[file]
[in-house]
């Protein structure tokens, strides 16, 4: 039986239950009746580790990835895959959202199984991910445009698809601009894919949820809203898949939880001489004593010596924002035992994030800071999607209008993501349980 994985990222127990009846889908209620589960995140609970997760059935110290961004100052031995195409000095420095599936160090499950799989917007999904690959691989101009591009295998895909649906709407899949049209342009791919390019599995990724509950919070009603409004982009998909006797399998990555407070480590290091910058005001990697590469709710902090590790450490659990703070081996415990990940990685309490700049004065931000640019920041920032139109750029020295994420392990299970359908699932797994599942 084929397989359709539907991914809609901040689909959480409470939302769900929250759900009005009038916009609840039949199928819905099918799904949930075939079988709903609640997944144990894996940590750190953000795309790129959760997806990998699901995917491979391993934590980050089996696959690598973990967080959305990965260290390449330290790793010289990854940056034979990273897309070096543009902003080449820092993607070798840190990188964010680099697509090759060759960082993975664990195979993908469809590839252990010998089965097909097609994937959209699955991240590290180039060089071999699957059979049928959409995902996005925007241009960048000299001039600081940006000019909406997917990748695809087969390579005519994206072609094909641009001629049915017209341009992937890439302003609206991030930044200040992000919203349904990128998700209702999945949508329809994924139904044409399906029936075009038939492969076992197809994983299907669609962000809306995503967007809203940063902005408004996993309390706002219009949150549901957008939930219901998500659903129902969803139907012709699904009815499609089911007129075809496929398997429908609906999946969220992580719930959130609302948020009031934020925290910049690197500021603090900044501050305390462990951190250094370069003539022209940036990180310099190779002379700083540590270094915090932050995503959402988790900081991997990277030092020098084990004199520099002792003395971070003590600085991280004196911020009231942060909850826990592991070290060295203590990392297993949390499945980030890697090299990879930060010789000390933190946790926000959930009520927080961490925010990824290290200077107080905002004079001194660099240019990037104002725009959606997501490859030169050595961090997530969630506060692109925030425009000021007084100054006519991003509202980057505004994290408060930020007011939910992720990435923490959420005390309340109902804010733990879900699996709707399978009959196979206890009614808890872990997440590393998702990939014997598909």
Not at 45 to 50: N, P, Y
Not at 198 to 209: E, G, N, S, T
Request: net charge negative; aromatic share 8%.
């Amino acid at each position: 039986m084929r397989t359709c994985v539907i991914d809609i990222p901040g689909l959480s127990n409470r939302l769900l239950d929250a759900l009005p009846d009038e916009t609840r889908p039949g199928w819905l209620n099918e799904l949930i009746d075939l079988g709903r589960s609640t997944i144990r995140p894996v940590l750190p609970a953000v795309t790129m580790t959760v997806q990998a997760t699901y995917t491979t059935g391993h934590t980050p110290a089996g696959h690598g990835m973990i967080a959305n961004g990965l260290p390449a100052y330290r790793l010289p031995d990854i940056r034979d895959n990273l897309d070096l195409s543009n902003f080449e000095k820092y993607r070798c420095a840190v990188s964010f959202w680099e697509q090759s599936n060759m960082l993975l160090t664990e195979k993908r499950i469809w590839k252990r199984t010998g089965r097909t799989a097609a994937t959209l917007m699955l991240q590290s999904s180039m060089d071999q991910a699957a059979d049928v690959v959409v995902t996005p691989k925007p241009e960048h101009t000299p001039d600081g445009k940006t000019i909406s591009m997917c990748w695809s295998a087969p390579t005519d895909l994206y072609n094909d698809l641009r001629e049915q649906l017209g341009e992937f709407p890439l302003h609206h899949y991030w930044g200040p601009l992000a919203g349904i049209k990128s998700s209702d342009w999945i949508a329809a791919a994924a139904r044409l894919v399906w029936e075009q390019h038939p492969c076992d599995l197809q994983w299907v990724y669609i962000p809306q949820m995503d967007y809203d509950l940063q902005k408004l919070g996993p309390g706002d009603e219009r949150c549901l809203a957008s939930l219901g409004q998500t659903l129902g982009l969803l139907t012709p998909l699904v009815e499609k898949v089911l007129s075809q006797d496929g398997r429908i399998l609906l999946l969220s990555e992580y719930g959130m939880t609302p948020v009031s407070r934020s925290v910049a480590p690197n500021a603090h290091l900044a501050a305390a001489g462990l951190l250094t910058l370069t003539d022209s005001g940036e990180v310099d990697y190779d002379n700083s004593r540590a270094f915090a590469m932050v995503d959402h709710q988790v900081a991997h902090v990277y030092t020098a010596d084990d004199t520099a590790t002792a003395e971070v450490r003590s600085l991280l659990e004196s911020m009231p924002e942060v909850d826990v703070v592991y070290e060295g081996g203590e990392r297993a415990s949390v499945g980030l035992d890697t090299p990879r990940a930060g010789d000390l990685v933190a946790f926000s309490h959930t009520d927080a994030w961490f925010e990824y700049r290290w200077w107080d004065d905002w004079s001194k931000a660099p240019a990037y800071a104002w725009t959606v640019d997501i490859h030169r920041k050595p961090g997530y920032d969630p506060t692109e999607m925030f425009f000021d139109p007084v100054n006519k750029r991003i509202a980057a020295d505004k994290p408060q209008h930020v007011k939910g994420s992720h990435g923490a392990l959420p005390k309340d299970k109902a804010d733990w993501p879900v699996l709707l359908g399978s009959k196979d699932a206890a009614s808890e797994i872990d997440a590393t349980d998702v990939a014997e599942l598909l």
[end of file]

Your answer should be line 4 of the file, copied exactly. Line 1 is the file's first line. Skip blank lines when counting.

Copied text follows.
Not at 198 to 209: E, G, N, S, T